IMO NOx regulation
NOx pollution standards have been set on every type of motor vehicle and on stationary industrial units. For the marine sector, at a global level, the Marine Environment Protection Committee (MEPC) of the International Maritime Organisation (IMO) agreed a three-tier structure for new engines in 2008, which would set progressively tighter NOx emission standards depending on their date of installation. The NOx control requirements of Annex VI apply to installed marine diesel engines of over 130 kW output power.
|Tier||Ship construction date on or after||Total weighted cycle emission limit (g/kWh)|
n = engine’s rated speed (rpm)
|n < 130||n = 130 – 1999||n ≥ 2000|
|I||1 January 2000||17.0||45·n(-0.2)|
e.g., 720 rpm – 12.1
|II||1 January 2011||14.4||44·n(-0.23)|
e.g., 720 rpm – 9.7
|III||1 January 2016||3.4||9·n(-0.2)|
e.g., 720 rpm – 2.4
Under the Tier III standard, NOx emission levels for an engine installed on a ship constructed on or after 1 January 2016 must be reduced to 3.4 g/kWh on any such ship operating in a designated Emission Control Area (ECA). Outside a designated Emission Control Area, Tier II limits apply. This represents an 80% reduction from Tier I (same NOx limit as EURO IV for diesel and petrol vehicles), and would require the use of Selective Catalytic Reduction (SCR) technology, or an alternative emissions control technology. In addition, special certification must be obtained that the engine system is compliant with the Tier III requirements.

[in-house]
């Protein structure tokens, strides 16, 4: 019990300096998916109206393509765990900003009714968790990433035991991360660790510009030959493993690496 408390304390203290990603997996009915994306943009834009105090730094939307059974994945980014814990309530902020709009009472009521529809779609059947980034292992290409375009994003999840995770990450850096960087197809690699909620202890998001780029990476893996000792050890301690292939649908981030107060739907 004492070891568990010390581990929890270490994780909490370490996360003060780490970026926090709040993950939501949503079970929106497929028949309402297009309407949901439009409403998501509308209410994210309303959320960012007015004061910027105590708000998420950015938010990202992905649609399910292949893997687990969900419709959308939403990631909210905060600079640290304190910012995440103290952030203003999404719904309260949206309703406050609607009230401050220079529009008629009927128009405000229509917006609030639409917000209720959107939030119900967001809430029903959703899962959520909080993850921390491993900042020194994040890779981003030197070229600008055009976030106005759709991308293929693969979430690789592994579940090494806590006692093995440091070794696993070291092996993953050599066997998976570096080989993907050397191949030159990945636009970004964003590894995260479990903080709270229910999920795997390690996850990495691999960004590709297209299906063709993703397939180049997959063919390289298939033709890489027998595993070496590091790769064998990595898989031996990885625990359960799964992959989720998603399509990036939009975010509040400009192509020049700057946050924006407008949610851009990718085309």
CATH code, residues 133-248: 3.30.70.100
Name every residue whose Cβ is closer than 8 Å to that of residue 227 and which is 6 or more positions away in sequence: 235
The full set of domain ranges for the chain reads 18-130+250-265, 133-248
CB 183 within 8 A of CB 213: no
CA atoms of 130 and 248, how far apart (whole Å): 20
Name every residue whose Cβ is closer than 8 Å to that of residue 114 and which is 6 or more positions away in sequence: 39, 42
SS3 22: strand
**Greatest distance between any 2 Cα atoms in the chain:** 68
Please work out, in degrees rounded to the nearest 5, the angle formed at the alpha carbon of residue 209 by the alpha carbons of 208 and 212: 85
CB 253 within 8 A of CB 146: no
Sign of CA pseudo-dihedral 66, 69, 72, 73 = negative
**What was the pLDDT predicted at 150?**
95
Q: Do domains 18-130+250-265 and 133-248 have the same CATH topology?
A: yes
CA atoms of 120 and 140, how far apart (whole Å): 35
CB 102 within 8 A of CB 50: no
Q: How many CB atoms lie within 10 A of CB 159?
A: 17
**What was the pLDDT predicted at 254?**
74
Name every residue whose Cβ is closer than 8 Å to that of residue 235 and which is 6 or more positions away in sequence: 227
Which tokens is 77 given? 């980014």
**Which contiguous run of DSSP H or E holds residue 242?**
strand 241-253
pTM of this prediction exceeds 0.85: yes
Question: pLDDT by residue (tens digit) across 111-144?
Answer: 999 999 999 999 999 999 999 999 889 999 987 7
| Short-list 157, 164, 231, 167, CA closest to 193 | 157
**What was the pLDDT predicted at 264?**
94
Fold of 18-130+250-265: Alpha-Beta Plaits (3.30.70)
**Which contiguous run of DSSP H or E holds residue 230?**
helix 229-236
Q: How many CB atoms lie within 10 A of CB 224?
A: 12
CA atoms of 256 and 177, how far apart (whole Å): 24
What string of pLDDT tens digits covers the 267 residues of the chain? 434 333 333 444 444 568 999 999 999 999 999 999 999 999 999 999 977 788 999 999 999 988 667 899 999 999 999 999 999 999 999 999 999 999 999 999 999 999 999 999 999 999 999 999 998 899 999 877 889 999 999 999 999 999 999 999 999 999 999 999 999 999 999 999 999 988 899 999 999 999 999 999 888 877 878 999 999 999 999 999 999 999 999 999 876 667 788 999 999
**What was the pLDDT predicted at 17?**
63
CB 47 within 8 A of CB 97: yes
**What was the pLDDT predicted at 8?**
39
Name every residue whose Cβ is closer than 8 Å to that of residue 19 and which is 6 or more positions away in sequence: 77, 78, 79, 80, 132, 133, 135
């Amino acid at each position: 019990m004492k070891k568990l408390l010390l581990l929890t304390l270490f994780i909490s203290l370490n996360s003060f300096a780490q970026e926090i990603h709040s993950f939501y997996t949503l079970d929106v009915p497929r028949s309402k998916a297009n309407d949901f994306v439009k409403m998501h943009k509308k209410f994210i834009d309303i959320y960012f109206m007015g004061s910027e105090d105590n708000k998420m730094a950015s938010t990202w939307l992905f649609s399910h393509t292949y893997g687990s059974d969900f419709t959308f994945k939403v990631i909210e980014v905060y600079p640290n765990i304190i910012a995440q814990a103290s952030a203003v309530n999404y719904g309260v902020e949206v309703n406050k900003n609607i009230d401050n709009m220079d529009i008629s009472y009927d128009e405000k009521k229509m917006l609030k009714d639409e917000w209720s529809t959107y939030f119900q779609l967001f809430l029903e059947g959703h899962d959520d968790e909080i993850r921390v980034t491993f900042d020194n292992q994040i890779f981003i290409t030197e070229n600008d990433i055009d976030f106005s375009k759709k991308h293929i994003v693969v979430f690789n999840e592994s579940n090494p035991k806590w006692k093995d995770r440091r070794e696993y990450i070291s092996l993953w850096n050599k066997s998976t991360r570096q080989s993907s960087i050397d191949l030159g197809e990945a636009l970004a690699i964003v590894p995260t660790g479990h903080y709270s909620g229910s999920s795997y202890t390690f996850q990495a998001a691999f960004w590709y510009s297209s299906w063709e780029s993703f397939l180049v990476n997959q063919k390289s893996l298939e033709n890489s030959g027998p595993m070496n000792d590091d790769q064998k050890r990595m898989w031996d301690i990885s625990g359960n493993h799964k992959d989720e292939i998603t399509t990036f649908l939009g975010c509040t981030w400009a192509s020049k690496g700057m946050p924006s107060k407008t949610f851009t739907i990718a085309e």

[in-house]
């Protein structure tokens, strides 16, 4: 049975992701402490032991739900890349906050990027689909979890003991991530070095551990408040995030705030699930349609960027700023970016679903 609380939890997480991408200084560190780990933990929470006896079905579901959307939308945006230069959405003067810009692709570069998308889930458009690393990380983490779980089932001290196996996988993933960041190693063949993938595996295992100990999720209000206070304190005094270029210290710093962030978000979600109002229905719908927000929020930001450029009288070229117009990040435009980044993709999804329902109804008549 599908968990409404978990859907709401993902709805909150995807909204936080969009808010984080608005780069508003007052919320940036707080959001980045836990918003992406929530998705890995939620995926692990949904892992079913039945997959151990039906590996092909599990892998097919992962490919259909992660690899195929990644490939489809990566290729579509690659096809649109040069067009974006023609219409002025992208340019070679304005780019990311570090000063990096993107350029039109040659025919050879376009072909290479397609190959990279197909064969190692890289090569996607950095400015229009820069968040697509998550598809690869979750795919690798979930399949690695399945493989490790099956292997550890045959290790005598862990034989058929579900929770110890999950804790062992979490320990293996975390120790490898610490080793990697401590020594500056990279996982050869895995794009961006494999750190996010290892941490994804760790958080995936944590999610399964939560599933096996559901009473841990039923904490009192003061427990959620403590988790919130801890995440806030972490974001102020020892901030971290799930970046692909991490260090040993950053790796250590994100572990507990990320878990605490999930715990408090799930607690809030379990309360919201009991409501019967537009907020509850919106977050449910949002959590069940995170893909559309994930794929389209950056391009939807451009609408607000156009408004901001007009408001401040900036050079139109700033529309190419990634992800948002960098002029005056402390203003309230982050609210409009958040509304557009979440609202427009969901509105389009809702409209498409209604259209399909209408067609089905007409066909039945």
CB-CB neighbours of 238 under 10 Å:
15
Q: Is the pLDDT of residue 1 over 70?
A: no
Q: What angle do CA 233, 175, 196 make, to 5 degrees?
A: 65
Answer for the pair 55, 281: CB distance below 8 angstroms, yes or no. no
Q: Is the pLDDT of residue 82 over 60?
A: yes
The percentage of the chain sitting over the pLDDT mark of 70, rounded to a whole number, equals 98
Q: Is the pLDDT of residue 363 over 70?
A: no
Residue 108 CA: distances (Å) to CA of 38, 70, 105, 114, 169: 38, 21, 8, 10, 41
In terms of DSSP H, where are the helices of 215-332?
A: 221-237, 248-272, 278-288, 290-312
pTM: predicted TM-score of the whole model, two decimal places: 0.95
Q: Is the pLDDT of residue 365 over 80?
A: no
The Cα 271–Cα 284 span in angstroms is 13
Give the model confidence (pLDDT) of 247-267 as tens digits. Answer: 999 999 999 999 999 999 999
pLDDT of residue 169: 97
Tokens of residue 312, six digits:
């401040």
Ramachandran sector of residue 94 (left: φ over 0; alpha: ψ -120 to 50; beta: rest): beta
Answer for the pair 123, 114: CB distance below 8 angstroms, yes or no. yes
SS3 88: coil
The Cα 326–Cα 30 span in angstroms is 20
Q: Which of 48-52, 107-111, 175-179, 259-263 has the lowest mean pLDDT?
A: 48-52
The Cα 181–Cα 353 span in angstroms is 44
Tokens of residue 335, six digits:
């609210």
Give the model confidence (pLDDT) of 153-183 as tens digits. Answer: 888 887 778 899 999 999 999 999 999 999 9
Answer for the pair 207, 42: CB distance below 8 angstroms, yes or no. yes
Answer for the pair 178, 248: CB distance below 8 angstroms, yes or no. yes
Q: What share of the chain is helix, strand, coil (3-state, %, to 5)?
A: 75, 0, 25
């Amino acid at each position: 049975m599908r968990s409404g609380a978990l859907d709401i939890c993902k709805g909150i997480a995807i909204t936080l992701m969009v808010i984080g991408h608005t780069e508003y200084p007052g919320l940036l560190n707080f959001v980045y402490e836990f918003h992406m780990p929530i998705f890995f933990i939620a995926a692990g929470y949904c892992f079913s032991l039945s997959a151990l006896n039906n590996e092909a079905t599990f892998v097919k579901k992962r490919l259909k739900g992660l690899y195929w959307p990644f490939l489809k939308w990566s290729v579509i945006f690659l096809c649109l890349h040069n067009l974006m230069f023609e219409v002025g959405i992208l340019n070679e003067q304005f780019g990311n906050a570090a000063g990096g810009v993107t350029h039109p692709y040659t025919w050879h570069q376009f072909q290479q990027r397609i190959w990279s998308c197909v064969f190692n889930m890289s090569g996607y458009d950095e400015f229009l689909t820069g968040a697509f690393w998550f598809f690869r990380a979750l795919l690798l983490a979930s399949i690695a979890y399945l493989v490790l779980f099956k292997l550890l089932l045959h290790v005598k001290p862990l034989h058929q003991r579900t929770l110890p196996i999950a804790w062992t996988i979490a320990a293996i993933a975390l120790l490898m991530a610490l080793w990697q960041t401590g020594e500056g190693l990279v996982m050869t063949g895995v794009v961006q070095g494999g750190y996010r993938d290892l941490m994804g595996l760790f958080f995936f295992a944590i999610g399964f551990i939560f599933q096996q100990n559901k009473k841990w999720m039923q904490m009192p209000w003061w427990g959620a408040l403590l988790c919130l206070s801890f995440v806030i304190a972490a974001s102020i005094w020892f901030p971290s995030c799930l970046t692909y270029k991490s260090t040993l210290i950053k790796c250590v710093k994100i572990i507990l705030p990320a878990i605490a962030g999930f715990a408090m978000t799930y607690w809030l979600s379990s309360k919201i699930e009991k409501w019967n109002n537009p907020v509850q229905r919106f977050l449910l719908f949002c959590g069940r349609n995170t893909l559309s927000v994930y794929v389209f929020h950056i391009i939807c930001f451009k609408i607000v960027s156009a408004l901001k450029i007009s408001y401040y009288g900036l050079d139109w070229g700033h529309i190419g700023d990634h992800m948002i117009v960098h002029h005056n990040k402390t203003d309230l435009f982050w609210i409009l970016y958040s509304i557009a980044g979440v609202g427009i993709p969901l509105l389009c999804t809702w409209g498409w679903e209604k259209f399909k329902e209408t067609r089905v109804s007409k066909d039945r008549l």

NOx Emission Control Areas
At present there are two effective NOx ECAs: the North American and the U.S. Caribbean Sea Areas (indicated in green on the map), as designated under regulation 13 of MARPOL Annex VI. The North Sea and Baltic Sea Area (indicated in blue) will become the third NOx ECA and will apply to ships with engines installed on or after January 1st 2021. Among the shipping community it is actively speculated that China is preparing its application for an ECA to be submitted to the IMO in 2019 or 2020. The scope and exact boundaries are not public knowledge yet but such a development will significantly help reduce dangerous NOx emissions and positively impact the lives of nearly a third of the Chinese population, who live near along the coast.